Restaurants who'd gotten nice reviews weren't above calling up later and offering the reviewer a free meal or a bottle of a mid-grade wine for the kindness. And at holiday time, local businesses used to ship over various tokens of peace on Earth and goodwill to all.
But somewhere along the way, folks started remembering something Ralph Nader once said about how he couldn't, in good conscience, speak out on the safety problems connected with the Chevrolet Corvair if he'd been a dinner guest at the home of General Motors' president.
The Arizona Daily Star's code of ethics is a pretty tightly drawn document that lays down the law about accepting freebies. The rules--which roughly translate to "the Star pays its own way"--are pretty tight.
And that's a good thing. The tough part, however, is finding a tactful way to explain to the source that the paper has a policy against accepting gifts and gratuities, without getting into the whole conflict-of-interest thing. If the discussion goes that far, it can turn into an unintended insult.
At breakfast in a foothills eatery last week, I watched a Star photographer handle the situation with much grace during a shoot. Someone in the kitchen shouted an offer of pancakes and bacon through the serving port. "I'm a vegetarian," she replied.
"How about pancakes?" came the voice from the kitchen. "I'll look at the menu on the way out," the photographer said.
It merited better play. On most news days, it was a story worthy of A-1. It's hard to compete with New Orleans Mayor Ray Nagin ordering forced evacuations. But keeping it on the business front may have discouraged some readers from ever seeing the story.
That's because newspaper section names are meant to help organize the paper for the reader, and a lot of folks who aren't active in business may see the section flag and think, "There's nothing for me here."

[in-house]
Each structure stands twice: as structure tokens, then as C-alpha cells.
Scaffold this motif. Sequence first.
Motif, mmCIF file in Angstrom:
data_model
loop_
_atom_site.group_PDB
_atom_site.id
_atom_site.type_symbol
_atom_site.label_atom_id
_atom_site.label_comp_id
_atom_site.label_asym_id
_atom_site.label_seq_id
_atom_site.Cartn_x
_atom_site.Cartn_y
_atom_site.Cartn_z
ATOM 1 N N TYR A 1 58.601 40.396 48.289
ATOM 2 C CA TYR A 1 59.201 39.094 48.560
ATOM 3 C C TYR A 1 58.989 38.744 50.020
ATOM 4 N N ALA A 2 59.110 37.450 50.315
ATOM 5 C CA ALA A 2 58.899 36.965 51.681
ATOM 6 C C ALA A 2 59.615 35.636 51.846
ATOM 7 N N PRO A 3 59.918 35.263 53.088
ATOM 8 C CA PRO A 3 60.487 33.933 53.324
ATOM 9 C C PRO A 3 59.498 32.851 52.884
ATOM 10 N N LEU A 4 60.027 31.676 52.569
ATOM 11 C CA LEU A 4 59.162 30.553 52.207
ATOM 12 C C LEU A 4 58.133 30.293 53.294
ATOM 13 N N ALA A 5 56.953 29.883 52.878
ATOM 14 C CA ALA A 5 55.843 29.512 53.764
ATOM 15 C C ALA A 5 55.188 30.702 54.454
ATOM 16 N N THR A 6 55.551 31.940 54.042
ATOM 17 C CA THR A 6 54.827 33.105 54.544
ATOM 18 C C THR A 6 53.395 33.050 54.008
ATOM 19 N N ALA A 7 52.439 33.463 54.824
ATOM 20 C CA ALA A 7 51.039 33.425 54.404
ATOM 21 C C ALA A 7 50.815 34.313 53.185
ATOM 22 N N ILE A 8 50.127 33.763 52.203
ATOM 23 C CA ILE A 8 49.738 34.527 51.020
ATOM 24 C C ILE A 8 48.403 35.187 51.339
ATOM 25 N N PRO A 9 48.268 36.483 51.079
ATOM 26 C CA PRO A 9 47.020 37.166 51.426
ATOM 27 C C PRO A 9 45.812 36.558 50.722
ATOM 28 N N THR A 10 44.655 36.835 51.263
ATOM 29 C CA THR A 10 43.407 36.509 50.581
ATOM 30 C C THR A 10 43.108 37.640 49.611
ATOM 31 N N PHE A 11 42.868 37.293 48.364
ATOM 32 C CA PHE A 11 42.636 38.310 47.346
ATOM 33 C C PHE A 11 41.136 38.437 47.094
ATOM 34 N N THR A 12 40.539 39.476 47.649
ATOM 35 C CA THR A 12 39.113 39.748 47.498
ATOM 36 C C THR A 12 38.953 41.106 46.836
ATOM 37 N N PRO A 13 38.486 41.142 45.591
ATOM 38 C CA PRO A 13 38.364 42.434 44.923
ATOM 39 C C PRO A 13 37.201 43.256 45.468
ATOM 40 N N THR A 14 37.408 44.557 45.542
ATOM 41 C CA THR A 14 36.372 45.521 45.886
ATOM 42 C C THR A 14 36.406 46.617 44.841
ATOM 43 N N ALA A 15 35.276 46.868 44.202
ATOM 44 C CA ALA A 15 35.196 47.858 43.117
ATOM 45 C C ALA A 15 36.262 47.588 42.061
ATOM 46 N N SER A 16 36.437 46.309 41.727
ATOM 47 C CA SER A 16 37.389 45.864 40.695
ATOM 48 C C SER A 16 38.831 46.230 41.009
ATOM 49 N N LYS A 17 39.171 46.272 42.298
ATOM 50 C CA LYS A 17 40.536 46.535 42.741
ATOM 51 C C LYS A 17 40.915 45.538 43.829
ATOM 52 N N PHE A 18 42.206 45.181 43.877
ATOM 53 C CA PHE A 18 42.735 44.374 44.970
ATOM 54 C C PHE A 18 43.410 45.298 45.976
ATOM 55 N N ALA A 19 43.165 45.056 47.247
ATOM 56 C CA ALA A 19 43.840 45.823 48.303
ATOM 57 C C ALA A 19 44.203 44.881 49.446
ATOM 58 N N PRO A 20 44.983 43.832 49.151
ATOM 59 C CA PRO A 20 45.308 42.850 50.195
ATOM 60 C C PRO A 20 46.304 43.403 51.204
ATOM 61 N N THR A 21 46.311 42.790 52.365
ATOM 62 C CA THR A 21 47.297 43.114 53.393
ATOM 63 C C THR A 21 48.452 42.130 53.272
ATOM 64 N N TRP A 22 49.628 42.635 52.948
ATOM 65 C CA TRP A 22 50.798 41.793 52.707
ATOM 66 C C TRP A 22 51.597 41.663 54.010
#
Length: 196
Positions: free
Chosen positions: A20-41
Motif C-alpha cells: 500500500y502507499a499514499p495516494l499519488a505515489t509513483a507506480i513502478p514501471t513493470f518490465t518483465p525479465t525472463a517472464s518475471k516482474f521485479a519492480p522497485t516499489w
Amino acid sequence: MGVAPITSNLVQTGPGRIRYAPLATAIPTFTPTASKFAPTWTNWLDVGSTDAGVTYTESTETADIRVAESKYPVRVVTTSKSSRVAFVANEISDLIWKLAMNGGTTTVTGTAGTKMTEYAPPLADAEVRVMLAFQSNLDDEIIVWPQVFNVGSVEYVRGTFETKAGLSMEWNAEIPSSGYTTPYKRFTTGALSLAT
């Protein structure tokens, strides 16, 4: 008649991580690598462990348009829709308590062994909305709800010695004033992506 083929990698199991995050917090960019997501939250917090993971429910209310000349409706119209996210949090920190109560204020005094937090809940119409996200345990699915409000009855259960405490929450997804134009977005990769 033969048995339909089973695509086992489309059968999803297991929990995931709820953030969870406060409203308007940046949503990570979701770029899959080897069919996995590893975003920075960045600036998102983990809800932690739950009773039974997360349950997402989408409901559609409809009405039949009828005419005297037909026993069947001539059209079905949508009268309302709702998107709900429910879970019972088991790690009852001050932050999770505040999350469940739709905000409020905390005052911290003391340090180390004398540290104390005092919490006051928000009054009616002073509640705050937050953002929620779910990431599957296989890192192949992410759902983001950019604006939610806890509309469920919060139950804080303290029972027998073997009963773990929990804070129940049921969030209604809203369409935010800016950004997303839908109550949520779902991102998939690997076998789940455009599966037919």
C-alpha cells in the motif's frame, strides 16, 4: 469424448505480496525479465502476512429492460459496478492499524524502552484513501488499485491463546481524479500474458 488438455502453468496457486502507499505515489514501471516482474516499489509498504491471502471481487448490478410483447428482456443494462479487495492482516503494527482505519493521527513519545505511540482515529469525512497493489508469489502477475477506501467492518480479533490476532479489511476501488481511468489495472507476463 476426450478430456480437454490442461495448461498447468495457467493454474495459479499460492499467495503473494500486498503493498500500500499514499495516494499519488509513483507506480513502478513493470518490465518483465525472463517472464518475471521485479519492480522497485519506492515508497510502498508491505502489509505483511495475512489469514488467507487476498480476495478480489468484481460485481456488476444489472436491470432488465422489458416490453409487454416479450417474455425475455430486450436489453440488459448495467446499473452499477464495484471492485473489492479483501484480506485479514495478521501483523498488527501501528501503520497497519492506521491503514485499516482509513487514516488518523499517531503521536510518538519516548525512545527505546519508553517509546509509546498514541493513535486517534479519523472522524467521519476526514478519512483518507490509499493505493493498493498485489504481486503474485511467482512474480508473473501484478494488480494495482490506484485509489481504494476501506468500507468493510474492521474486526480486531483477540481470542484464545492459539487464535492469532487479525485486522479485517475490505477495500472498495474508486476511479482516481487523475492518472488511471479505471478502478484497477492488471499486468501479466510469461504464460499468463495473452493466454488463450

Story quality wouldn't have been the sole argument for moving Erikson's story out front. It also deserved better play, because it answered a question that arose from stories two years ago about Tucson Medical Center's decision to close its Level 1 trauma center: Was UMC up to handling the region's trauma medicine needs alone?
Those stories, under medical writer Carla McClain's byline, ran on A-1 and in the metro section. And it seems that if you raise the issue in one part of the paper, the follow-ups deserve the same level of play.
Actually, there was a way for the Star to give the story an A-1 presence--in the skybox space at the top of the page. Frankly, the quality of trauma care in Tucson probably meant much more to the Star's readers than the "oddball news" teaser that editors chose. The teaser headline--"Italian too sexy to teach religion?"--sent readers to the tale of a woman in a small Italian community who was fired after teaching religion for 14 years.
Unfortunately, the graphic didn't have the total number of patients. Without that, the reader has no idea if the stats were derived from 20 patients, 200 patients or 2,000 patients.
Clark-Johnson, 58, has headed Gannett's newspaper operations in the Western states since 1985, initially while serving as publisher of the Reno Gazette-Journal. In 2000, she moved to Phoenix to serve as the Republic's chairman, CEO and publisher.
She racked up numerous awards while turning the Reno paper into one of Gannett's more profitable midsized properties.
But her tenure in Reno also included a six-year run of controversy over her "other job"--a $30,000-a-year gig on the board of Harrah's Entertainment, a gaming and hospitality business. She served two three-year terms on the board, despite complaints from media critics (including Weekly editor Jimmy Boegle, while he was at the Reno News & Review) that her dual role amounted to a conflict of interest.
Sometimes, the joy of living vicariously though successful teams plays an occasional mind game. In his book The Glory and the Dream, a narrative that looked at the country between 1932 and 1972, author William Manchester's notes on the Pearl Harbor attack included someone calling The Arizona Republic's sports desk for football scores, frustrated the radio offered only war news.